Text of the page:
Prolonging diesel injection pump life
I hope that you would not vote this blog as the most boring topic ever to appear on the Internet but, if you wish to reduce the risk of having to stump-up an eye-watering sum for a new replacement diesel high-pressure pump, you may wish to read on…
Even the most disinterested car owner could not have failed to notice the fairly bad press that diesel cars have received recently. Yet, modern, high-pressure, common rail diesel engines remain technological marvels. Their outputs are impressive, they are hugely fuel-efficient and, yes, even when we try to forget the ‘DieselGate’ and car manufacturers’/governments’ skulduggery, overall exhaust emissions are remarkably low.
To achieve this, modern diesels have become very complex and many parts are precision made. Unsurprisingly, they have become very expensive to buy brand-new but at least reconditioning companies have sprung-up, which can rebuild the original parts for a fraction of the cost of new parts.
In this blog, we shall look at the high pressure pump specifically, because it tends to be the most expensive part to renew. Its job is to pressurise diesel fuel to around 2,000PSI (for context, a typical car tyre is inflated to 30PSI) that permits the fuel injectors to pulse fuel into the engine with the utmost accuracy. Unsurprisingly, they can fail and cause the engine to either run badly, or stop running completely, but there are things that you can do to prevent a hefty repair bill. However, the fault could lie with cheaper parts of the system, such as electrical sensors, so be wary if you are told that the pump is faulty, without other causes being investigated first.
Main causes of pump failure and how to avoid them:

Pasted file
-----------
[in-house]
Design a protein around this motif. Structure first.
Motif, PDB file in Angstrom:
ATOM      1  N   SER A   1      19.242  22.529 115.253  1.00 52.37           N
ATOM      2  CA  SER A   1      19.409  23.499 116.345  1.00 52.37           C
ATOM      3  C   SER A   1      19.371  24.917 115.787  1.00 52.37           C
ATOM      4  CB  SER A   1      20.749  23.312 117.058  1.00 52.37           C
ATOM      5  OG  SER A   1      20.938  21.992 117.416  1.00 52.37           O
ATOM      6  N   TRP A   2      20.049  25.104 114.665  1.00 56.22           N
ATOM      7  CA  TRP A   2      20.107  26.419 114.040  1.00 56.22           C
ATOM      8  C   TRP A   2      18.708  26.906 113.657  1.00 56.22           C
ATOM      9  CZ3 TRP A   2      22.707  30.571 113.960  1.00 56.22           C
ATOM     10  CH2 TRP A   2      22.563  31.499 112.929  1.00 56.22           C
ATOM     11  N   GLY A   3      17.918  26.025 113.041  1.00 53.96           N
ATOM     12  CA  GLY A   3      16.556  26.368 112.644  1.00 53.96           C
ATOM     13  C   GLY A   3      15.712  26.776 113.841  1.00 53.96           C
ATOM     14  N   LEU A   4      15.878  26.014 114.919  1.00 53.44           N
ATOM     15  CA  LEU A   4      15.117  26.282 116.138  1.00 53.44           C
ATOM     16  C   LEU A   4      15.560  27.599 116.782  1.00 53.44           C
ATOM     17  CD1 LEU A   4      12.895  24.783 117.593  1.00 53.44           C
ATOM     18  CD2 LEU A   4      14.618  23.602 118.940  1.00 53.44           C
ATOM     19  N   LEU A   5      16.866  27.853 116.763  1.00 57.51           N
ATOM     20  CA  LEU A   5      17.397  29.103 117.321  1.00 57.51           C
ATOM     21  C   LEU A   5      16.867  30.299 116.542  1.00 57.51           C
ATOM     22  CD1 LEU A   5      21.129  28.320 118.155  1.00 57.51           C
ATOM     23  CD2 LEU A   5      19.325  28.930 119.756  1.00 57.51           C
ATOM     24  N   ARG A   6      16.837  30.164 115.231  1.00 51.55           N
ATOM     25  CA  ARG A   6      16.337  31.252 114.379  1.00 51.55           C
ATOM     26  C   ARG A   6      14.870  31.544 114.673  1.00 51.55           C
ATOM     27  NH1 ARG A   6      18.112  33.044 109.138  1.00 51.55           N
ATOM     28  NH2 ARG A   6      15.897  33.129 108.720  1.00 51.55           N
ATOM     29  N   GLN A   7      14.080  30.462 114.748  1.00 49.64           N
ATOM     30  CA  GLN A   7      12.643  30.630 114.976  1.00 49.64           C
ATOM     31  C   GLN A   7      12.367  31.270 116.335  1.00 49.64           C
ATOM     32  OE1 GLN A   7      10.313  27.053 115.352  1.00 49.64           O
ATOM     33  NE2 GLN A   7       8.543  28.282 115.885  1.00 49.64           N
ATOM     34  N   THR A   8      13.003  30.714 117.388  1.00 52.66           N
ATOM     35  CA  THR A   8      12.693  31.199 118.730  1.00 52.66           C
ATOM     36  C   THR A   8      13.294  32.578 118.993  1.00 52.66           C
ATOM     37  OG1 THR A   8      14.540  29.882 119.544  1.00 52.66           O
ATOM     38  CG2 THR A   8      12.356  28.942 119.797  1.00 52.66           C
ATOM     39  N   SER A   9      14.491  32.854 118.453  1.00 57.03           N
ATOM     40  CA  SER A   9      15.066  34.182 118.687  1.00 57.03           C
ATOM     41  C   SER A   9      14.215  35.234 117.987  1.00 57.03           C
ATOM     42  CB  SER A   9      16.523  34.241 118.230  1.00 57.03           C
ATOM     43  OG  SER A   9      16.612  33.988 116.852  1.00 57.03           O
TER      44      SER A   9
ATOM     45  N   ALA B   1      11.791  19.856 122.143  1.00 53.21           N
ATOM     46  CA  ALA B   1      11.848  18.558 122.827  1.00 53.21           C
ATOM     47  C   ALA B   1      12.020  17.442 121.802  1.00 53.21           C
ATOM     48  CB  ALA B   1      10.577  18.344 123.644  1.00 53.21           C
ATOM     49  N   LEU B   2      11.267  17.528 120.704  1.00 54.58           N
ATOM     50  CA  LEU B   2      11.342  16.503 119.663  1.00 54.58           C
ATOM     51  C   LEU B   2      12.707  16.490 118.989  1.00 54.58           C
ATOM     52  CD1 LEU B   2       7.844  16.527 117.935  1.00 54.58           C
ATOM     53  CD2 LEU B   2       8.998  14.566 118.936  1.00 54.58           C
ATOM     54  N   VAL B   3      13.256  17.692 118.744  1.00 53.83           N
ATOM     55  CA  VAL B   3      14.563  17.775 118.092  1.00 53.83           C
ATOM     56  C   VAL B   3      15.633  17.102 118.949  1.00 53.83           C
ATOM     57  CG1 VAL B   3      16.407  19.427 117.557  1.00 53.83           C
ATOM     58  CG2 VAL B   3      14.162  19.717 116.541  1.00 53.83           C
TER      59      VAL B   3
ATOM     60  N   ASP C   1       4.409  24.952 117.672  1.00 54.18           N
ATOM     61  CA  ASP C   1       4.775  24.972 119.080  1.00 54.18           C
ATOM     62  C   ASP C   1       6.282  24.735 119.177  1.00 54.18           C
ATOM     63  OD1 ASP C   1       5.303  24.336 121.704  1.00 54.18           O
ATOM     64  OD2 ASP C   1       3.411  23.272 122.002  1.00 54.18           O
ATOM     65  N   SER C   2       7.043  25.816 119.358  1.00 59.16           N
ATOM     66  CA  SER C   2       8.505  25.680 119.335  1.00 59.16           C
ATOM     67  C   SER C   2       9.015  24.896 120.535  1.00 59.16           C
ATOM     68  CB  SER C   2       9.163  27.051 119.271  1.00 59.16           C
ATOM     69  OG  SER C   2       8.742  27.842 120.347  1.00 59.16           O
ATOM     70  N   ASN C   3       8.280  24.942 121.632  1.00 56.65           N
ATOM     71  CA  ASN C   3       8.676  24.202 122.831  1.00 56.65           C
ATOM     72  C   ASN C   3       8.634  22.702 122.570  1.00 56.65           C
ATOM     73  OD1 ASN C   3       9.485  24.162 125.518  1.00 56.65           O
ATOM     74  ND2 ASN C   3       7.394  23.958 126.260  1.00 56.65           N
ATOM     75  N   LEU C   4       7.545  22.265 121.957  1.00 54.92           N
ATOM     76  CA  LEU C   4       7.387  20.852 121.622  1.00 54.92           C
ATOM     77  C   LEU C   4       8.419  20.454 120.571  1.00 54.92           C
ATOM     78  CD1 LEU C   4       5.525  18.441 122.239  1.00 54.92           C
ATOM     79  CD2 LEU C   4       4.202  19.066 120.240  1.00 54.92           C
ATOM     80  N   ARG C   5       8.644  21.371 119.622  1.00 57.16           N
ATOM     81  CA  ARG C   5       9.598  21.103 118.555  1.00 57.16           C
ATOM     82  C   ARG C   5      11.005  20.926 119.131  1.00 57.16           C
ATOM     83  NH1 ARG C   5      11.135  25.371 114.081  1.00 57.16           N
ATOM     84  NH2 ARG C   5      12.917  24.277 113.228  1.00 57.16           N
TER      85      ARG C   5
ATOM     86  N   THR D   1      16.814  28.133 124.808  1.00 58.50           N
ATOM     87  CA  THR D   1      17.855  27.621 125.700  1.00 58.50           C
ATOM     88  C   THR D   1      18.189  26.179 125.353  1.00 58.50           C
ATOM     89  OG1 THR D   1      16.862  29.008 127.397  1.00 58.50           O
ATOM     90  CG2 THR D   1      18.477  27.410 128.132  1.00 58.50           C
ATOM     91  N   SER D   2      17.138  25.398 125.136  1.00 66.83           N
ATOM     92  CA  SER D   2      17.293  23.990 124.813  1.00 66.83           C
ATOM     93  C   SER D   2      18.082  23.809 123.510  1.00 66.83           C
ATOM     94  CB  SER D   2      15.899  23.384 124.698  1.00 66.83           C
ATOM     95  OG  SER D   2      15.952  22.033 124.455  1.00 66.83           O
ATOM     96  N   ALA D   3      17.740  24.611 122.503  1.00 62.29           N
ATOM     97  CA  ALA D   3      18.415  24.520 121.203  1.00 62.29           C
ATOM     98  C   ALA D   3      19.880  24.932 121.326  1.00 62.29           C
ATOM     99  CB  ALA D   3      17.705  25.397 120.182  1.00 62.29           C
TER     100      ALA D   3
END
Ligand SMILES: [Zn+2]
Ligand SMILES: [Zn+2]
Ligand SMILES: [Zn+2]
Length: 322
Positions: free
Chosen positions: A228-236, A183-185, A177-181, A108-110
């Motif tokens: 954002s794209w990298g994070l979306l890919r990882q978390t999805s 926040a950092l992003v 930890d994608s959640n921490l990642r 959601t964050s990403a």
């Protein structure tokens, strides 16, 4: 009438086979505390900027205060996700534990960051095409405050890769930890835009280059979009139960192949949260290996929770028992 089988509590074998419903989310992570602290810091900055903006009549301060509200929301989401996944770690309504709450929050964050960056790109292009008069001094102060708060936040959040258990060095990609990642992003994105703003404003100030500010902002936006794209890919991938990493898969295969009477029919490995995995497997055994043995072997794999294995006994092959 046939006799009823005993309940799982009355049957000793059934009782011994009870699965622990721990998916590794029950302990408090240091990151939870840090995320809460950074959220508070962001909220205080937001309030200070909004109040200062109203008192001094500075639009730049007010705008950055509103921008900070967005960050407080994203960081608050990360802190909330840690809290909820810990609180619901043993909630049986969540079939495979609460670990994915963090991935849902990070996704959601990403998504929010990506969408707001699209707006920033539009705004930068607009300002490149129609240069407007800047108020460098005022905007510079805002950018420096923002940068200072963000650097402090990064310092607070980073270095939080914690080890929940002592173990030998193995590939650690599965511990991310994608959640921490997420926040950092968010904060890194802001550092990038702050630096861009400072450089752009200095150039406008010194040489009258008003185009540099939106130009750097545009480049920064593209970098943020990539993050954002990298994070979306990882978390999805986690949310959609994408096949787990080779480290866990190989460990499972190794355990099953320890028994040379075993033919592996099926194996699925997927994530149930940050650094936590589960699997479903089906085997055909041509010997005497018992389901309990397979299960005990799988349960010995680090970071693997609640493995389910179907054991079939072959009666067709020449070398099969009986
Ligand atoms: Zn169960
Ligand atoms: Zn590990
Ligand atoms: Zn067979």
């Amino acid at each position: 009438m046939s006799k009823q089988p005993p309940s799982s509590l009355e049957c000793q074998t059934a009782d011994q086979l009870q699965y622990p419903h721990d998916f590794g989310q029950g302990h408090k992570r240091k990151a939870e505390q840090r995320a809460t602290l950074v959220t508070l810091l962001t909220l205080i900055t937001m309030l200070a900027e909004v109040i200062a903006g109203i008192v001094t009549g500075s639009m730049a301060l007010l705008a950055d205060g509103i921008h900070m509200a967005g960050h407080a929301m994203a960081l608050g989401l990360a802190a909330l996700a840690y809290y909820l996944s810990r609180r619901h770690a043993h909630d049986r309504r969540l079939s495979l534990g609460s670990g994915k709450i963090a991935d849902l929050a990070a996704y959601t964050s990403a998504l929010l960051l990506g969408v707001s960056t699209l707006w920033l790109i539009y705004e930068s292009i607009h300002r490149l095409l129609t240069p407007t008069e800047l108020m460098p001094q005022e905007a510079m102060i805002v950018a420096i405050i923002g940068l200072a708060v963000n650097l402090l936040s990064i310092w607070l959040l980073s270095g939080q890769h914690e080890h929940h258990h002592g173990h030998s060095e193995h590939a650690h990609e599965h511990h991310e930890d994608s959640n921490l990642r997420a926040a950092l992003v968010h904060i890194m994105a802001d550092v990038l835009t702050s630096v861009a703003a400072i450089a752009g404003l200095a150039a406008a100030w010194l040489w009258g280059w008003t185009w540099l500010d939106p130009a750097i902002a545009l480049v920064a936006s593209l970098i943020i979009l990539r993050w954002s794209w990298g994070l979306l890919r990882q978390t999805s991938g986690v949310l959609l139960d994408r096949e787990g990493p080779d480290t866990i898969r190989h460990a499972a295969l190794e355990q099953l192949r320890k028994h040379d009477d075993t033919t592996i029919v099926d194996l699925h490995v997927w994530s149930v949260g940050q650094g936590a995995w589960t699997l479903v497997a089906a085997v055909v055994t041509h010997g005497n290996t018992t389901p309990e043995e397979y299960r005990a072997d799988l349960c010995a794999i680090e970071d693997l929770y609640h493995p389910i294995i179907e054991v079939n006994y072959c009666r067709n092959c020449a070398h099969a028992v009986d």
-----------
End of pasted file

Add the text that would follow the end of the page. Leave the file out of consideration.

- Running out of fuel: Certain diesel pumps (such as the Bosch CP4) can be damaged severely by incorrect bleeding, which is required after the fuel tank runs dry and is refilled. Some vehicles require diagnostic equipment to be bled correctly. To be safe, avoid running out of diesel!
- Modifications: Certain engine tuning raises the pump pressures and causes thermal overheating, which can shorten its life. Also, certain cetane-boosting diesel fuel additives, if not dosed correctly, affect the lubricating quality of diesel fuel, which increases internal pump wear.
- Misfuelling: Should you fill-up with petrol accidentally, the pump can be damaged before the engine is even started. This is because petrol possesses zero lubricating qualities for diesel fuel pumps. Do not even turn-on the ignition; seek advice and organise transportation, so that the fuel system can be drained professionally.
- Poor maintenance: Diesel fuel filter housings require annual drainage of corrosion-causing water. Regardless of manufacturers saying that they can be left for longer, I advise replacing the fuel filter cartridge annually. Use good quality filters, as poor-quality substitutes tend to fall apart and the fragments damage the pump subsequently.
- Fuel contamination is the top cause for failure. Therefore, avoid filling-up your car with unknown diesel from a drum. If you use a fuel can, ensure that the diesel has been filtered and that you know its original source. Apart from being illegal, unless duty has been paid on it, never use other fuels in your modern diesel, including pure bio-diesel, unless you are buying it from a credible supplier that warrants that the fuel will not damage the delicate pump.